Because the sites were so near each other, the alternatives were mutually exclusive. The government would not permit the unnecessary expenditure of effort and money in a fruitless rivalry. So the contest was all or nothing. Hugh West opposed the granting of the license for the Cameron ordinary. The Cameron partisans, in turn, placed their competing petition for a town before the House of Burgesses while the Hunting Creek warehouse site was being considered. The Committee of Propositions and Grievances rejected both petitions on their first reading, perhaps reflecting the negative influence of both parties. On its third reading, however, the warehouse site proposal was forwarded to the entire house and passed, with amendments added by the Governor's Council. Governor William Gooch approved the bill in May 1749. Cameron may have lost because of practical considerations. By 1749, the site at West's Point had been a tobacco inspection station for 17 years, and it was not practical to establish a port town separate from where the inspection of the area's main crop was taking place. Thus was Alexandria born to be "Commodious for Trade and Navigation and tend greatly to the Ease and Advantage of the Frontier Inhabitants." Cameron remained a distinct area of settlement for many years, gaining its own boatyard, racetrack, and flour mill.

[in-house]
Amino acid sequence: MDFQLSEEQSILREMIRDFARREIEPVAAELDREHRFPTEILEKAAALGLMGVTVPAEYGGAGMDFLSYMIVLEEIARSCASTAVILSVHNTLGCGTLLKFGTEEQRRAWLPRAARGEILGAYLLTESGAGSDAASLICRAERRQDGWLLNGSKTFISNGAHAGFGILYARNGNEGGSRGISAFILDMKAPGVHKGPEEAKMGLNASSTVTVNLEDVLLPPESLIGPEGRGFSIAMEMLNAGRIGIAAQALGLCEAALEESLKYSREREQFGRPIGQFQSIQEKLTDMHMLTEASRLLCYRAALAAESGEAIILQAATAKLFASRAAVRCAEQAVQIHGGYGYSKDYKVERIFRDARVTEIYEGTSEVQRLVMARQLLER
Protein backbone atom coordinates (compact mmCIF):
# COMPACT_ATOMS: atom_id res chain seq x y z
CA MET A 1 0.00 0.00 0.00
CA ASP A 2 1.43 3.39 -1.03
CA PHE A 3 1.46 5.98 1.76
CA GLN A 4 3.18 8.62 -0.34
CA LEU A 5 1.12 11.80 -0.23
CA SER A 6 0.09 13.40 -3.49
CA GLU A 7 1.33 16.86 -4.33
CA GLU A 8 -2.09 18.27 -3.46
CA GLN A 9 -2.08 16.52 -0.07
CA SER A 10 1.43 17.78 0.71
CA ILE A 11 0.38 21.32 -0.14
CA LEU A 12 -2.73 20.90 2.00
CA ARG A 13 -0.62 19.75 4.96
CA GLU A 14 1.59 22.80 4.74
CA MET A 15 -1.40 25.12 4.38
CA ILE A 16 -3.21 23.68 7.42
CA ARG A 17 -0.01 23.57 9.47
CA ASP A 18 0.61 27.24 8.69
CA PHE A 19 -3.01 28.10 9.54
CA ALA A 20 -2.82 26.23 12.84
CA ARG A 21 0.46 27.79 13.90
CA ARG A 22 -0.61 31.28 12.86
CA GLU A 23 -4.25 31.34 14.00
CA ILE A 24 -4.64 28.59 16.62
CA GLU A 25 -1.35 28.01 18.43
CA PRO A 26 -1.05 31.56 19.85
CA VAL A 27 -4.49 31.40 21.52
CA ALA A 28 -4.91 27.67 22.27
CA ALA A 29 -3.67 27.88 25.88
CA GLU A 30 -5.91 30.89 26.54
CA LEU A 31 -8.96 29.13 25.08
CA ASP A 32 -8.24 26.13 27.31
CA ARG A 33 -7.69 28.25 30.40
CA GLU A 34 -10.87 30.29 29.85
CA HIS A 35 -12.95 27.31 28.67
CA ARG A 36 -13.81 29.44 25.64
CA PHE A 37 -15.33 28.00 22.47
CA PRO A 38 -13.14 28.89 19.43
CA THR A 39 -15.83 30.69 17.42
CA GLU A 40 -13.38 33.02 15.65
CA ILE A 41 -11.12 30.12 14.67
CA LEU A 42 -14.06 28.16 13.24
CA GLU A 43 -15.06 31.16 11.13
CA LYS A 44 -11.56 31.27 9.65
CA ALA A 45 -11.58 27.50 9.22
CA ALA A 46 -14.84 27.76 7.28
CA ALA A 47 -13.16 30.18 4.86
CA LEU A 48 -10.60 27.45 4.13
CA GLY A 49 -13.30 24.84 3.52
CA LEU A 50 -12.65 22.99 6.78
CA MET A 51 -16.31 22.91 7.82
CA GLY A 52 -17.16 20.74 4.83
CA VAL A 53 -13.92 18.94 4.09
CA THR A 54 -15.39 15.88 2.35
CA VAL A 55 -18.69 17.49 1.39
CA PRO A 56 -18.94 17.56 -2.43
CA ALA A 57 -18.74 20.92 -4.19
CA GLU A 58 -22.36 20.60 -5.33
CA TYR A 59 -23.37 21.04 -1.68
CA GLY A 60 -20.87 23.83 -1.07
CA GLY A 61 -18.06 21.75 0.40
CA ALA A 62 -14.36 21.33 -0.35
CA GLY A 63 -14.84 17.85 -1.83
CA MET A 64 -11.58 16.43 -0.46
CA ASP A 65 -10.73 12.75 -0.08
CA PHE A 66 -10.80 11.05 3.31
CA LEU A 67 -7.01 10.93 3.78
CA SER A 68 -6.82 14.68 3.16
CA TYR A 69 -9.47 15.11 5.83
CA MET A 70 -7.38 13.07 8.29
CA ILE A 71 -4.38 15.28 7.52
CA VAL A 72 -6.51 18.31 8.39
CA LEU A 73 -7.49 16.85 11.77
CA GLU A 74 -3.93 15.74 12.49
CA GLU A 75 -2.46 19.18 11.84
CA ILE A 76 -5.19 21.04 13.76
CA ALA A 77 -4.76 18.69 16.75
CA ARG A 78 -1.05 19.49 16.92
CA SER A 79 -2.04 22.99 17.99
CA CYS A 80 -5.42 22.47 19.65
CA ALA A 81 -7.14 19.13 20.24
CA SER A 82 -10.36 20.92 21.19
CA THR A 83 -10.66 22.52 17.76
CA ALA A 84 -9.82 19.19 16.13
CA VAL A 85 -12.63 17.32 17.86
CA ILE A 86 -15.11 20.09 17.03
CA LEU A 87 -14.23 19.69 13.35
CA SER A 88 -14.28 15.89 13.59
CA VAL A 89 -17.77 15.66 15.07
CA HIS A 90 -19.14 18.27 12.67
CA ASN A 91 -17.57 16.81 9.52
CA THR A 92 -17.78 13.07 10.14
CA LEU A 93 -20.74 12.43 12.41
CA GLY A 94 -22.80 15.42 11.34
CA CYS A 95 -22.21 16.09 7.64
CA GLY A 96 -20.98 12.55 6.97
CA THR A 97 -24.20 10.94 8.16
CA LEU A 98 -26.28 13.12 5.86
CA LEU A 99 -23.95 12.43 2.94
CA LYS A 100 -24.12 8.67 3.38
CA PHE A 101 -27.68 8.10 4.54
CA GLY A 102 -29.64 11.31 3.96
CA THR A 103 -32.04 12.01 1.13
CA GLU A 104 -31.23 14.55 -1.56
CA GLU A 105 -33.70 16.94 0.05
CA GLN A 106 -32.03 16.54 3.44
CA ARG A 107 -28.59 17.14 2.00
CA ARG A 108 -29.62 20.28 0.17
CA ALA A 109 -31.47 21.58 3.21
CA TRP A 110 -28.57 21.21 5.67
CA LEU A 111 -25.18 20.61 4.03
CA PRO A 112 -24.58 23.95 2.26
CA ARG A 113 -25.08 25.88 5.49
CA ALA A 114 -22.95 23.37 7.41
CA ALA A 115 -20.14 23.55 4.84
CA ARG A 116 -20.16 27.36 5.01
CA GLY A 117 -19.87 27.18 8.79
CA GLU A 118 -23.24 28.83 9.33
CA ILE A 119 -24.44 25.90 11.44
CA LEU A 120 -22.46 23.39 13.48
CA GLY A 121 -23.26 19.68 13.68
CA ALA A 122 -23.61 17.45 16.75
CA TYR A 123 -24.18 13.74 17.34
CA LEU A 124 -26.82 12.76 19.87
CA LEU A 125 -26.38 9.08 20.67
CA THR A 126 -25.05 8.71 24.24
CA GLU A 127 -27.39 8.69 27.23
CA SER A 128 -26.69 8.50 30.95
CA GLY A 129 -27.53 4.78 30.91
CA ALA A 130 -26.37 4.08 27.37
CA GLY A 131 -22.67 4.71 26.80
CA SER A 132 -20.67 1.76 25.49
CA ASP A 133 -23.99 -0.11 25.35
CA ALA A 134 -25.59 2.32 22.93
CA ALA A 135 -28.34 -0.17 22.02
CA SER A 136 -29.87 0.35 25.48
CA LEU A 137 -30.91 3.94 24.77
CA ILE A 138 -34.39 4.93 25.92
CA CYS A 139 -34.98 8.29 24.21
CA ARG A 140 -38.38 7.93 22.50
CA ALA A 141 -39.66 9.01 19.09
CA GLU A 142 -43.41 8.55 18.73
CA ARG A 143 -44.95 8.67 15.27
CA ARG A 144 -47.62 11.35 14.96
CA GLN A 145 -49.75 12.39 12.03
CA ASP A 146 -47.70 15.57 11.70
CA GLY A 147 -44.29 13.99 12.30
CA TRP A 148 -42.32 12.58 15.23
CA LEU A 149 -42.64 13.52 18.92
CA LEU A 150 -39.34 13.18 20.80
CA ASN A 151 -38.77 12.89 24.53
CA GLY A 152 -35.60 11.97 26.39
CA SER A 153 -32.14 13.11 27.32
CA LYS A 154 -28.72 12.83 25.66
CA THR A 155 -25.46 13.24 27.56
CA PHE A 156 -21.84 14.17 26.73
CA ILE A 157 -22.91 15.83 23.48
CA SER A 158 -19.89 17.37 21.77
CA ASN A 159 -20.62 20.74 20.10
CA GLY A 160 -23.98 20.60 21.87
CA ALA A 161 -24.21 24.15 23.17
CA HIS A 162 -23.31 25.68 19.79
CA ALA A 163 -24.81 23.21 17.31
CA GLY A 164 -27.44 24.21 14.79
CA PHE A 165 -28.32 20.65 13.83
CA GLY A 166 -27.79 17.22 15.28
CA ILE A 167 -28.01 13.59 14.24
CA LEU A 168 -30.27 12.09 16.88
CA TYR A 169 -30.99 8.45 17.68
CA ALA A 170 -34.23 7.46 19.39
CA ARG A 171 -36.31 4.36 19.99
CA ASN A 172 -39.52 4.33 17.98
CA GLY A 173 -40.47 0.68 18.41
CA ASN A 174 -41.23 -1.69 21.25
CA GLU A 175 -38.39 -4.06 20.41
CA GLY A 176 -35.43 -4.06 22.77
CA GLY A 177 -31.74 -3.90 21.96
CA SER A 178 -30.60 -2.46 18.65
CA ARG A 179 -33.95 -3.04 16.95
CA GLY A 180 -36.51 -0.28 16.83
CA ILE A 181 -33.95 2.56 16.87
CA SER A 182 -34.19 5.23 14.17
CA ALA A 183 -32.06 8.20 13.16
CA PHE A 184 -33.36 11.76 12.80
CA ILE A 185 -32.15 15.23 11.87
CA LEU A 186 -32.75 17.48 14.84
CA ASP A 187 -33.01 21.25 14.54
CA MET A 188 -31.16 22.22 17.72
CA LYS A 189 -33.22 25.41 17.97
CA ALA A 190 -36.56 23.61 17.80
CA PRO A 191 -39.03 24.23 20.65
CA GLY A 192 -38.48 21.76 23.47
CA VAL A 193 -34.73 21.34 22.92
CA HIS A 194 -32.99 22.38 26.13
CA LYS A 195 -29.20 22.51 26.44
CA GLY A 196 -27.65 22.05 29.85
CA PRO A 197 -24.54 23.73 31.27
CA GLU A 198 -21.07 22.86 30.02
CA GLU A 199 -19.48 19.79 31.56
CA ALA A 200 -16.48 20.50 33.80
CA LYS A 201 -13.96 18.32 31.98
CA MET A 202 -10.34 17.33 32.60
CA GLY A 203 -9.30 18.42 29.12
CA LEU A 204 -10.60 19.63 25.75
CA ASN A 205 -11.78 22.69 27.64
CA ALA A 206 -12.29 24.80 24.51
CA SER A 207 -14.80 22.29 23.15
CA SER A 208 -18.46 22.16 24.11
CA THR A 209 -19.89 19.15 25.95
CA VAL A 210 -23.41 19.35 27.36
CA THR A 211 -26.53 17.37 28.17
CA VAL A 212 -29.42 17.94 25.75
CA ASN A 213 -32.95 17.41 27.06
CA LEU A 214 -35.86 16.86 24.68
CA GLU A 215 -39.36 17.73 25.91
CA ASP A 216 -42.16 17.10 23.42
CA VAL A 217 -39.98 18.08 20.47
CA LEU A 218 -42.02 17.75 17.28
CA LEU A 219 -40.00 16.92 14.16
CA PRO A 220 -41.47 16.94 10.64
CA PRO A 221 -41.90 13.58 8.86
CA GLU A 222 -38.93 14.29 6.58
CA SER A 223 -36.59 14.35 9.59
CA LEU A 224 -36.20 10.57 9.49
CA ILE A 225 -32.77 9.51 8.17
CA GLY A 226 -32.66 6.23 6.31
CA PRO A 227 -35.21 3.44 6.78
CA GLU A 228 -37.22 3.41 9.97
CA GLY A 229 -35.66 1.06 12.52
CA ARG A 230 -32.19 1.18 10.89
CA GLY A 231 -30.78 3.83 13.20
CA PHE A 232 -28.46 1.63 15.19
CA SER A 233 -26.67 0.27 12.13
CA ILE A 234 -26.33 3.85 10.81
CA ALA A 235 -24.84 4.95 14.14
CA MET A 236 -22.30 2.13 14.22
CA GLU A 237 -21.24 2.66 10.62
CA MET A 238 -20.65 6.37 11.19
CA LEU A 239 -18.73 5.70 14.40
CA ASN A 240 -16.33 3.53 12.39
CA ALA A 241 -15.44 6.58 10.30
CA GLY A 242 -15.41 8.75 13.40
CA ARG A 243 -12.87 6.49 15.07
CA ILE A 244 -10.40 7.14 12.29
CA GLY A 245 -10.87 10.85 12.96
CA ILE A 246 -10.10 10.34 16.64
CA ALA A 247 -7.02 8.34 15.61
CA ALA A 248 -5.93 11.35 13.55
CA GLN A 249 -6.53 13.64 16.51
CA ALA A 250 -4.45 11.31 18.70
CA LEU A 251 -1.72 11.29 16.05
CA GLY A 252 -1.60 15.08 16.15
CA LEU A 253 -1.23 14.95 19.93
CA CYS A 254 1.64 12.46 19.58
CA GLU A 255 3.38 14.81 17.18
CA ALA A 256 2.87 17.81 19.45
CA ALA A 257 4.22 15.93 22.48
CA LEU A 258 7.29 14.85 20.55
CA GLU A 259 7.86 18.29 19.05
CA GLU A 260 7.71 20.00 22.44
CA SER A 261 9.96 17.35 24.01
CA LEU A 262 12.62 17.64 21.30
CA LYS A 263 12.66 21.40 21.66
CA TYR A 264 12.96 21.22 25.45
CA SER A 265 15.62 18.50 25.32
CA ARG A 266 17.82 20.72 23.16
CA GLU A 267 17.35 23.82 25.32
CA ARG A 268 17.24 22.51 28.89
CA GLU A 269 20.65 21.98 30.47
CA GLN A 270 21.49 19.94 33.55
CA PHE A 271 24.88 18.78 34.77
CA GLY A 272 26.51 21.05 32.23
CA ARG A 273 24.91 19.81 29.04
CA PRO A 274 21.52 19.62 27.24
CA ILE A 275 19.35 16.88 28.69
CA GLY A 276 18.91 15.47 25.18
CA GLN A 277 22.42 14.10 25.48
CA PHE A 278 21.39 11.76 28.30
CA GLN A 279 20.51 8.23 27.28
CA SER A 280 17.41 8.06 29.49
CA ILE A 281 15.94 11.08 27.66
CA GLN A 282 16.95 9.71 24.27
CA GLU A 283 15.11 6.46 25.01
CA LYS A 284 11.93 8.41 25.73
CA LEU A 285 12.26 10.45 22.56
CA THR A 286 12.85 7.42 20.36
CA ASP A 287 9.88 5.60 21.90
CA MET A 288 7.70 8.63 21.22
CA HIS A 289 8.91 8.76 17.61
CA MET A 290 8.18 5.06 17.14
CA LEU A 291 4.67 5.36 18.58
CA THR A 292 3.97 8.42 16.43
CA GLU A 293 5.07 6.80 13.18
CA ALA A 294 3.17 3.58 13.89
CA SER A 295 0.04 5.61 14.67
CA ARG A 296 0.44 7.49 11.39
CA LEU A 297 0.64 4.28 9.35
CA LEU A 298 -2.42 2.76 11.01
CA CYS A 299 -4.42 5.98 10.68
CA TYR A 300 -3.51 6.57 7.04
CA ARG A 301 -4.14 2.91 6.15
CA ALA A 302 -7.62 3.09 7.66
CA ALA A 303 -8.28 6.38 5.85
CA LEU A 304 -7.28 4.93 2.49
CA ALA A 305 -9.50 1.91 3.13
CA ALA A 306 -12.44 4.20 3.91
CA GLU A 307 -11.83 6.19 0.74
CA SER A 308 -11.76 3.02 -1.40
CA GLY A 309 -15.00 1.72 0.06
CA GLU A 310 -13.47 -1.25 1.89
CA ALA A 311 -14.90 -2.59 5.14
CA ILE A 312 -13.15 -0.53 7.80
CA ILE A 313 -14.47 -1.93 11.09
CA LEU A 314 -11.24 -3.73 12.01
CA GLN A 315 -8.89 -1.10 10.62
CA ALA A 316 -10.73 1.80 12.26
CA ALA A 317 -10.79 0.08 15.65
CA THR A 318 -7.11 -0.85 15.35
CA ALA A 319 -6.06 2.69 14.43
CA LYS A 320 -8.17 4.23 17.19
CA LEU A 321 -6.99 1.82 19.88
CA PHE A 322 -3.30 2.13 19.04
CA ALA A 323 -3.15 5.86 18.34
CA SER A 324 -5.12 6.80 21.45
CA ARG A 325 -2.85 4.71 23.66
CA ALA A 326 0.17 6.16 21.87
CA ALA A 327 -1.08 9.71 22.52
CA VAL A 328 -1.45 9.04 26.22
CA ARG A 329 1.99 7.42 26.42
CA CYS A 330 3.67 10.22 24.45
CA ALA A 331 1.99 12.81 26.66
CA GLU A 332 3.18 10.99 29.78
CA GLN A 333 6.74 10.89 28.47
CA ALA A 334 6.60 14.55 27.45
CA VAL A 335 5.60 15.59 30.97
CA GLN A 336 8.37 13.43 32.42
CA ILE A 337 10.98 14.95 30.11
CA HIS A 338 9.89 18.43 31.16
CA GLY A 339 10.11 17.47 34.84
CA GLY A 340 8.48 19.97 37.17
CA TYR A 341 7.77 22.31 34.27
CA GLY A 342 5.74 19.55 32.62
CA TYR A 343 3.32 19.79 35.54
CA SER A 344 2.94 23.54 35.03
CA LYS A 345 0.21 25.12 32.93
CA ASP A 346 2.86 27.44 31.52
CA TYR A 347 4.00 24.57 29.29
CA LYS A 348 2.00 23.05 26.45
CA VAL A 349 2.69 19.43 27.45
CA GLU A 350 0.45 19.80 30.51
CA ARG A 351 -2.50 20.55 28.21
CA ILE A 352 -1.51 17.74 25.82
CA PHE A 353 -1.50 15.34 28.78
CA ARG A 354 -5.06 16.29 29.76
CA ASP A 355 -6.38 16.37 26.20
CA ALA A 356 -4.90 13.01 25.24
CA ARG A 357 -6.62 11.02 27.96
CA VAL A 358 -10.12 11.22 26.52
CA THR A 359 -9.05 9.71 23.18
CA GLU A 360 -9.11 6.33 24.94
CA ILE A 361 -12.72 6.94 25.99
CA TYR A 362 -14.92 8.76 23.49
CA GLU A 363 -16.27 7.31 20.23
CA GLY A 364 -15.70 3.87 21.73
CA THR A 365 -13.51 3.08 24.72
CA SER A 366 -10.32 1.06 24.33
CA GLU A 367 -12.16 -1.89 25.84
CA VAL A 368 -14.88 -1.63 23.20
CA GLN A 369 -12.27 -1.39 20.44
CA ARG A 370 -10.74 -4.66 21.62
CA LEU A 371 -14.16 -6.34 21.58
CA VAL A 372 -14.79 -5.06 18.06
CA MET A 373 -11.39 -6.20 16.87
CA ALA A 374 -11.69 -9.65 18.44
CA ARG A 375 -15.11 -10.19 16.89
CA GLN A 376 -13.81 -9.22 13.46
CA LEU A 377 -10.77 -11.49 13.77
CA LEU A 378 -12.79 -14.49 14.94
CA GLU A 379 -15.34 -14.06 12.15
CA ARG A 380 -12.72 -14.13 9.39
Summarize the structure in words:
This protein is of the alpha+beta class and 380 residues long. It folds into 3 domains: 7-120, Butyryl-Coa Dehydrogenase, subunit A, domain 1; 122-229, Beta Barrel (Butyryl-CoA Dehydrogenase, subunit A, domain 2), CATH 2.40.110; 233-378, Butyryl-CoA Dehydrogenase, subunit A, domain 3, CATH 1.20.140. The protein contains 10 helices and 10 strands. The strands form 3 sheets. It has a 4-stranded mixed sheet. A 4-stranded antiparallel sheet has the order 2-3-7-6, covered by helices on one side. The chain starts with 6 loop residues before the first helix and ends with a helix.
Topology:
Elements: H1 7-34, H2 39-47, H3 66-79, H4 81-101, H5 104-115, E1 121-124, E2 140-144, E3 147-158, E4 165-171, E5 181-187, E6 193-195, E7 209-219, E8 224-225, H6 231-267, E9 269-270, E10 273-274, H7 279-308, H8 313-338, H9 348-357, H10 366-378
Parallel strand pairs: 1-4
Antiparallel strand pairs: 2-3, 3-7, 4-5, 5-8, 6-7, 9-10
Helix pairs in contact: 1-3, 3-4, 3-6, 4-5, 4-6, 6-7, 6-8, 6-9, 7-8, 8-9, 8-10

Place in Time: Cameron